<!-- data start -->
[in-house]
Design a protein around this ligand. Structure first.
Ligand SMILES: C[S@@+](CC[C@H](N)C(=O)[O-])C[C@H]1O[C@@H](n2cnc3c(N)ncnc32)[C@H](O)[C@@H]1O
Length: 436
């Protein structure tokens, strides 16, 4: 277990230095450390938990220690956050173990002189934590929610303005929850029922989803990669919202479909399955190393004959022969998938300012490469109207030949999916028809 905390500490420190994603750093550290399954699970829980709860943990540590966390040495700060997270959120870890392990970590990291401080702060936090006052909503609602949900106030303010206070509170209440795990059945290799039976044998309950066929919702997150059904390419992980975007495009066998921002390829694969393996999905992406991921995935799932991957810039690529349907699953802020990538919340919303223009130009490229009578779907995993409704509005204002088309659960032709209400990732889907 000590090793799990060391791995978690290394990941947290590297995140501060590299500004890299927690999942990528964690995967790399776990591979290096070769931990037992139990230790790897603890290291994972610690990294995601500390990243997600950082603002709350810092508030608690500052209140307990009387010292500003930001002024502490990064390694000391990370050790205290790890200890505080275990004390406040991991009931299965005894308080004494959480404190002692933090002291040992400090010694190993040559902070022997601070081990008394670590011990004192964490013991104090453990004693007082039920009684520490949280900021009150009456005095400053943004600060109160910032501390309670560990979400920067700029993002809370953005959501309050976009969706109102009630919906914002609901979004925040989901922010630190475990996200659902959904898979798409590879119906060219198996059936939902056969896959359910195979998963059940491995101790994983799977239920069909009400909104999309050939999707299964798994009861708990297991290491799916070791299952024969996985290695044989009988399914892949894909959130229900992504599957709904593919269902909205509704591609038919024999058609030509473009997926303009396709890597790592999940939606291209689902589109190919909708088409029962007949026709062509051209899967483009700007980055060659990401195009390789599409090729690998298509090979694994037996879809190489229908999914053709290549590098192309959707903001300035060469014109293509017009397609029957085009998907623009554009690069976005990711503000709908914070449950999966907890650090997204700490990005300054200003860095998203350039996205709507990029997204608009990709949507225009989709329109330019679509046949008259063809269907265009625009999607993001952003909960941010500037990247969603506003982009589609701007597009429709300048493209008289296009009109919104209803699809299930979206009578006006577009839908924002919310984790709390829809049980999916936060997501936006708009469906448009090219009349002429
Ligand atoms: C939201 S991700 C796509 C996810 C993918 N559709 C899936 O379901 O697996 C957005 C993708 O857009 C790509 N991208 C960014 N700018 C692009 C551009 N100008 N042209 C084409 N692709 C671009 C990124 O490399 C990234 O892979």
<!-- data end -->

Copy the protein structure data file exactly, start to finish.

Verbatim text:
[in-house]
Design a protein around this ligand. Structure first.
Ligand SMILES: C[S@@+](CC[C@H](N)C(=O)[O-])C[C@H]1O[C@@H](n2cnc3c(N)ncnc32)[C@H](O)[C@@H]1O
Length: 436
């Protein structure tokens, strides 16, 4: 277990230095450390938990220690956050173990002189934590929610303005929850029922989803990669919202479909399955190393004959022969998938300012490469109207030949999916028809 905390500490420190994603750093550290399954699970829980709860943990540590966390040495700060997270959120870890392990970590990291401080702060936090006052909503609602949900106030303010206070509170209440795990059945290799039976044998309950066929919702997150059904390419992980975007495009066998921002390829694969393996999905992406991921995935799932991957810039690529349907699953802020990538919340919303223009130009490229009578779907995993409704509005204002088309659960032709209400990732889907 000590090793799990060391791995978690290394990941947290590297995140501060590299500004890299927690999942990528964690995967790399776990591979290096070769931990037992139990230790790897603890290291994972610690990294995601500390990243997600950082603002709350810092508030608690500052209140307990009387010292500003930001002024502490990064390694000391990370050790205290790890200890505080275990004390406040991991009931299965005894308080004494959480404190002692933090002291040992400090010694190993040559902070022997601070081990008394670590011990004192964490013991104090453990004693007082039920009684520490949280900021009150009456005095400053943004600060109160910032501390309670560990979400920067700029993002809370953005959501309050976009969706109102009630919906914002609901979004925040989901922010630190475990996200659902959904898979798409590879119906060219198996059936939902056969896959359910195979998963059940491995101790994983799977239920069909009400909104999309050939999707299964798994009861708990297991290491799916070791299952024969996985290695044989009988399914892949894909959130229900992504599957709904593919269902909205509704591609038919024999058609030509473009997926303009396709890597790592999940939606291209689902589109190919909708088409029962007949026709062509051209899967483009700007980055060659990401195009390789599409090729690998298509090979694994037996879809190489229908999914053709290549590098192309959707903001300035060469014109293509017009397609029957085009998907623009554009690069976005990711503000709908914070449950999966907890650090997204700490990005300054200003860095998203350039996205709507990029997204608009990709949507225009989709329109330019679509046949008259063809269907265009625009999607993001952003909960941010500037990247969603506003982009589609701007597009429709300048493209008289296009009109919104209803699809299930979206009578006006577009839908924002919310984790709390829809049980999916936060997501936006708009469906448009090219009349002429
Ligand atoms: C939201 S991700 C796509 C996810 C993918 N559709 C899936 O379901 O697996 C957005 C993708 O857009 C790509 N991208 C960014 N700018 C692009 C551009 N100008 N042209 C084409 N692709 C671009 C990124 O490399 C990234 O892979």